If you are planning on playing pre-recorded music at an event that is open to the public, check with your venue to see if it holds licences from PRS (Performing Rights Society) for Music and PPL (Phonographic Performance Limited).

If your venue does not hold these licences you should check with those organisations whether you need a licence. A fee will probably be payable.

Providing alcohol

You don’t need a licence to provide alcohol at a private event, as long as it is not being sold. You must not sell tickets that can then be exchanged for an alcoholic drink, or to ask for a donation in return for alcohol.

You also don’t need a licence if the venue has either of the following:

  • a ‘Premises Licence’ and that there is a named ‘supervisor’ who holds a ‘Personal Licence’ to sell alcohol
  • a ‘Club Premises Certificate’ which includes the sale of alcohol

This is something you can check with the owner of the venue.

If none of the above apply and you want to:

  • have a bar where alcohol is sold
  • sell alcohol in another way
  • provide entertainment to the wider public
  • charge to raise money for your event

You will need a Temporary Event Notice.


There is currently no law that says you must buy insurance for a voluntary or community event – but you might want to make sure you are covered in case something goes wrong and someone makes a claim against you.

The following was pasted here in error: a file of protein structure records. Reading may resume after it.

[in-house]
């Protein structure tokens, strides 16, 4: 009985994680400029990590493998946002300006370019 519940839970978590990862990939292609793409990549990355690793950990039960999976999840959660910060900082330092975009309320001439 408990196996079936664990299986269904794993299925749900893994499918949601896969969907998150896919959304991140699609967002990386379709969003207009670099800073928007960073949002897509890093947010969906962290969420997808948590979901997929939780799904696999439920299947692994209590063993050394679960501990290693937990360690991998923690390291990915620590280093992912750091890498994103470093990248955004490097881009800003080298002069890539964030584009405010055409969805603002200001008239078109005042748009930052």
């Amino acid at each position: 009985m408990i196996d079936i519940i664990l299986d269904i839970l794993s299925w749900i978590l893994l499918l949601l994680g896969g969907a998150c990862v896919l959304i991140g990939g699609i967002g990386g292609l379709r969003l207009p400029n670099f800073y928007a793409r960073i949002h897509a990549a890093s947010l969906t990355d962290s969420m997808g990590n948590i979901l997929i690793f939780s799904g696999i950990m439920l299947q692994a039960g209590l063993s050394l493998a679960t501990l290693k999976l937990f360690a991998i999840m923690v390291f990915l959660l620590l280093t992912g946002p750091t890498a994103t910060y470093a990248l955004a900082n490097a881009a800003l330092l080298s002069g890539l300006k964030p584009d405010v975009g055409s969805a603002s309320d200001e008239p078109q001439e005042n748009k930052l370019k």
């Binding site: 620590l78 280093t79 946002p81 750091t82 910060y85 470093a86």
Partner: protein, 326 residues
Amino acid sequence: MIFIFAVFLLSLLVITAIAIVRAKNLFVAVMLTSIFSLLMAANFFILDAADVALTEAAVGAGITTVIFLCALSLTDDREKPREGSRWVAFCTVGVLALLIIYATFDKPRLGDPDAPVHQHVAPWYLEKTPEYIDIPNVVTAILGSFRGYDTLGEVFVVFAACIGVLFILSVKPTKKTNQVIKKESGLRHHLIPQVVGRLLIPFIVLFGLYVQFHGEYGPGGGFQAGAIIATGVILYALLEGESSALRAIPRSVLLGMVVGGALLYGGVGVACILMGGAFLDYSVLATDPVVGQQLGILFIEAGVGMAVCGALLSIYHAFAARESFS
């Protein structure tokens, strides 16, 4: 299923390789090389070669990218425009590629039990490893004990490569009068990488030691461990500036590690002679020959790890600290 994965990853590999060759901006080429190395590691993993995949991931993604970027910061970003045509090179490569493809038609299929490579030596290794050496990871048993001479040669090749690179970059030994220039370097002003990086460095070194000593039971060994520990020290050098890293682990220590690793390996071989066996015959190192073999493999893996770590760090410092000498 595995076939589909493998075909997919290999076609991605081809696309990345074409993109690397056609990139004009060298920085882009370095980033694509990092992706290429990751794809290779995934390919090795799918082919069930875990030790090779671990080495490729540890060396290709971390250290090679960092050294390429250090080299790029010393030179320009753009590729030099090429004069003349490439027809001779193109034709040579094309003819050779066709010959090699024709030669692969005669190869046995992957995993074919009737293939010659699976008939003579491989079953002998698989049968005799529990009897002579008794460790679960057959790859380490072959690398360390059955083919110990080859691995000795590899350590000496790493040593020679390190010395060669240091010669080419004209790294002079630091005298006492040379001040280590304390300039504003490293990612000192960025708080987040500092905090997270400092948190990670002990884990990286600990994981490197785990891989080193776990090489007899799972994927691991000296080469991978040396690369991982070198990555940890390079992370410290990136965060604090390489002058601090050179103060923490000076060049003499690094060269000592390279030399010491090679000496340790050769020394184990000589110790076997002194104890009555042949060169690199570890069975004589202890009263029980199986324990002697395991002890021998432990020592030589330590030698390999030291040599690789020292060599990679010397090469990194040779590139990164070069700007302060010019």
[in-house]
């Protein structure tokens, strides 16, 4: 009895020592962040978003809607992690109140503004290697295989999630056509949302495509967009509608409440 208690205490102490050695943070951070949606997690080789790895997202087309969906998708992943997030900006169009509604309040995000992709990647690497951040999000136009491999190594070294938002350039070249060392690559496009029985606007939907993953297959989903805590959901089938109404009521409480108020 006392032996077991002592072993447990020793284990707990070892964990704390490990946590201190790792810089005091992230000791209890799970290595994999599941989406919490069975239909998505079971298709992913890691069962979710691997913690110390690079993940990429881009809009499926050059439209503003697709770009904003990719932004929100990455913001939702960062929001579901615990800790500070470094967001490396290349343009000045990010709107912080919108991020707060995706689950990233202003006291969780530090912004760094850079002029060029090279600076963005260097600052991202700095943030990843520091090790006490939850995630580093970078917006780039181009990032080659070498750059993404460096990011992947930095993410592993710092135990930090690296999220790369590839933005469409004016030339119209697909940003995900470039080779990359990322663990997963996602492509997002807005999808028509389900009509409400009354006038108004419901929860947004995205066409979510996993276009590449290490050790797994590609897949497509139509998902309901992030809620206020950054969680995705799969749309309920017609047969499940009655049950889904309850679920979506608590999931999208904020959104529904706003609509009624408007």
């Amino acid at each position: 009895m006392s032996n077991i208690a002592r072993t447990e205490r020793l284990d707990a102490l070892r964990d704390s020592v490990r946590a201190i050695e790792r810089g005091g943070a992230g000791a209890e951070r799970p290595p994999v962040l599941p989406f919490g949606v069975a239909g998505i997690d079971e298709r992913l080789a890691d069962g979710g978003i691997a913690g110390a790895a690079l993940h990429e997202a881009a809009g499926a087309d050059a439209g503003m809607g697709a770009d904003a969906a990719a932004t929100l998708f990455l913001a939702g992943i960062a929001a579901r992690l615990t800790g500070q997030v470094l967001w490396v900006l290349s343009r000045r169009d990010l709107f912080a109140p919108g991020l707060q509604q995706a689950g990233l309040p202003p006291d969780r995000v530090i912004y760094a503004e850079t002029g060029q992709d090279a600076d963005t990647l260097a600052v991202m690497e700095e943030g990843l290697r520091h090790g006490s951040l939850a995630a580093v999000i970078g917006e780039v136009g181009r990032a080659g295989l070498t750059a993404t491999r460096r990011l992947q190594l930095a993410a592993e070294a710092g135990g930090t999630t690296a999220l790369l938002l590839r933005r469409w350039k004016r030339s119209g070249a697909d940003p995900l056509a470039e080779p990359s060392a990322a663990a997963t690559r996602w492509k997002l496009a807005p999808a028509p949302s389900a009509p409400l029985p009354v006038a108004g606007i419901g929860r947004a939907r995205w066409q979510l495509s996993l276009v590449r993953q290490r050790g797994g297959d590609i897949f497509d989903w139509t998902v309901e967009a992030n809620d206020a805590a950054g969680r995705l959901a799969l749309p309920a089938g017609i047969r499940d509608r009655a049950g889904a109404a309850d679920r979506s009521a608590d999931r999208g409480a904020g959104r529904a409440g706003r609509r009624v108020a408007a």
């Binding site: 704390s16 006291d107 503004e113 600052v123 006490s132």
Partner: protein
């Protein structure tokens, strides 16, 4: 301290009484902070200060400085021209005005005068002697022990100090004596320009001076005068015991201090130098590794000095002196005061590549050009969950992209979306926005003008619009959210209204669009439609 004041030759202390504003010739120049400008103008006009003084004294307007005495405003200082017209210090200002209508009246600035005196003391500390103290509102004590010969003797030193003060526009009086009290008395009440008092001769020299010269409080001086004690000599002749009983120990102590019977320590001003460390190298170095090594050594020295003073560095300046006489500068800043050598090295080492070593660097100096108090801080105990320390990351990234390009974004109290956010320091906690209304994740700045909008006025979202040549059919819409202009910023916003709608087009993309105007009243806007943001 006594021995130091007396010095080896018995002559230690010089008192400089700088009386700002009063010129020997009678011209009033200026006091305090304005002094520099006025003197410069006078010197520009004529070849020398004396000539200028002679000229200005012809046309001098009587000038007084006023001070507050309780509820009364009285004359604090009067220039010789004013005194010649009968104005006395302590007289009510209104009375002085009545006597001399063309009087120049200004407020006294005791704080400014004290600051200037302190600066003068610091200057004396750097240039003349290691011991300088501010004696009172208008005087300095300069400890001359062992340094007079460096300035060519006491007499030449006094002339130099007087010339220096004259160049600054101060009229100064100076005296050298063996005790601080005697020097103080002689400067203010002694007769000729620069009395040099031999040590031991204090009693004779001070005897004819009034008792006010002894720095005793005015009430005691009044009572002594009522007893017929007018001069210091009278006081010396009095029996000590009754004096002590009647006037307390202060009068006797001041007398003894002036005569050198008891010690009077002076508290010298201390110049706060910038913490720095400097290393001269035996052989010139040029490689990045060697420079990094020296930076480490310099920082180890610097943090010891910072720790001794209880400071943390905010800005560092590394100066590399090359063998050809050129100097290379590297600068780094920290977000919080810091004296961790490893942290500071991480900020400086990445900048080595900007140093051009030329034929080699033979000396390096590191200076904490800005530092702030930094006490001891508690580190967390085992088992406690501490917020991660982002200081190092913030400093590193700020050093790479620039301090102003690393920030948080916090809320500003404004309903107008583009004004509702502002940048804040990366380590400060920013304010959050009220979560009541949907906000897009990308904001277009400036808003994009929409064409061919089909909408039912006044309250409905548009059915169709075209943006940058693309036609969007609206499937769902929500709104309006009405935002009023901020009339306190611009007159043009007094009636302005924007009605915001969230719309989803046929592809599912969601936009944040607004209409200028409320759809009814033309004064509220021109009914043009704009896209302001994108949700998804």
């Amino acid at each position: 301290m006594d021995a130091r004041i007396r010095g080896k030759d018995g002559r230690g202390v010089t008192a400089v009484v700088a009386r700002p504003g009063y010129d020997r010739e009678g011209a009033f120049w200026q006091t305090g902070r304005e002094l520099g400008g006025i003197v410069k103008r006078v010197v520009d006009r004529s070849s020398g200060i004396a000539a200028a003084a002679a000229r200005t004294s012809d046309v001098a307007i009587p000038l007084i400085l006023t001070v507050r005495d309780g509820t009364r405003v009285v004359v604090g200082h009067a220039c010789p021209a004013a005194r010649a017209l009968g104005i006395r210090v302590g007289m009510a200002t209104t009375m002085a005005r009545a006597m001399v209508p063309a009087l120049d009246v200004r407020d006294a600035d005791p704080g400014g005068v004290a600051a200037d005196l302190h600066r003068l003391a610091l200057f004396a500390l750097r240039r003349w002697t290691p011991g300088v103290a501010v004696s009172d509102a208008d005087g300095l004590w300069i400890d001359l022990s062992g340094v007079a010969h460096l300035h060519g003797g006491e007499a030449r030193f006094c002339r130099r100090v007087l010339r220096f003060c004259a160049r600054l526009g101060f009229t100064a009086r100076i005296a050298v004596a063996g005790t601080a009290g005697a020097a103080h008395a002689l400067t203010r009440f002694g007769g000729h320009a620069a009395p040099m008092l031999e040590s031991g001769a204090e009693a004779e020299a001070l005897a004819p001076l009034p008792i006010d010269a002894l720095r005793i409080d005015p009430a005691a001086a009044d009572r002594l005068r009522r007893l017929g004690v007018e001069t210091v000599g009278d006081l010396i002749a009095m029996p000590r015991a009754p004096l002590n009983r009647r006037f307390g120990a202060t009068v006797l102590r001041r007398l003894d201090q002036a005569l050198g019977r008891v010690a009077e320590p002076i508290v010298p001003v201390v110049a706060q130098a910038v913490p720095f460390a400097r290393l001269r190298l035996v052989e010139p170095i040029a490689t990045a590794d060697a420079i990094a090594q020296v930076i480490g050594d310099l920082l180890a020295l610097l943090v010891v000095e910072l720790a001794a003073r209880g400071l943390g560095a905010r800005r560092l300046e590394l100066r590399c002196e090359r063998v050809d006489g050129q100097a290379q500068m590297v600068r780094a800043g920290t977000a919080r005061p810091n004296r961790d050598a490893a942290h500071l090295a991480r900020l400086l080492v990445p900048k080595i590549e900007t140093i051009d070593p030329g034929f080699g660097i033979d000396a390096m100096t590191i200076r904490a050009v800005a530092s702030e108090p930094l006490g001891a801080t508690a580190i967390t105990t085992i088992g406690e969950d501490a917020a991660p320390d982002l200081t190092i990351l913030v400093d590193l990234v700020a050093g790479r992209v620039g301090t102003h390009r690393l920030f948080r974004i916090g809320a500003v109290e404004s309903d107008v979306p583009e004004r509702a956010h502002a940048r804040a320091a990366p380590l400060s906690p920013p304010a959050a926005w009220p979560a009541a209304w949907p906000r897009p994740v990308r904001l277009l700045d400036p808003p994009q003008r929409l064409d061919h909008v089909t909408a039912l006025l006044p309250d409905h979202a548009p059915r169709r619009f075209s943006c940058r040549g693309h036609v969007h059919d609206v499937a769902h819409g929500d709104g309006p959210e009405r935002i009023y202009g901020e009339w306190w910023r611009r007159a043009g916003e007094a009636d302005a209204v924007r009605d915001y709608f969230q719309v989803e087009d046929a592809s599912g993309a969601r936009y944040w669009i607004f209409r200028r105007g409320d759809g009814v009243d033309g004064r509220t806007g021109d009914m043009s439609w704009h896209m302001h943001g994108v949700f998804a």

Public liability insurance covers the organisers of events if they are held to blame for injury, loss or damages. You can buy different levels of covers, the costs are often relatively low, sometimes as little as £50. Talk to an insurance broker who can help you find the right level of cover.

Sometimes the venue owner or local council may ask you to have public liability insurance. If you are holding the event in your own home or garden you may be covered by your home insurance. Talk to your insurer for advice. 

If you are using someone else's building or land you may be covered by their insurance, do ask.

If you are hiring equipment such as a marquee or bouncy castle check with the company you are hiring it from whether their terms of hire include insurance and read any conditions carefully, especially any exclusions.

If external businesses are providing services, such as food or rides, you should check they have their own insurance, and that it is in force on the day of the event.


If you want to provide or sell food at an event you need to consider some basic points.

  • Make sure the places the food will be prepared, stored and served are clean and in a good state of repair. 
  • Make sure the food can't be contaminated by pests, animals or waste
  • Make sure the washing facilities are adequate

Labelling food and allergies

Food sold for a charity, currently only has to follow food labelling regulations if the seller is a registered food business. This includes food sold at one-off events.

However, labelling food voluntarily may be helpful for people who follow certain diets and particularly if the food contains a common allergen that buyers may need to be aware of, such as nuts in a cake.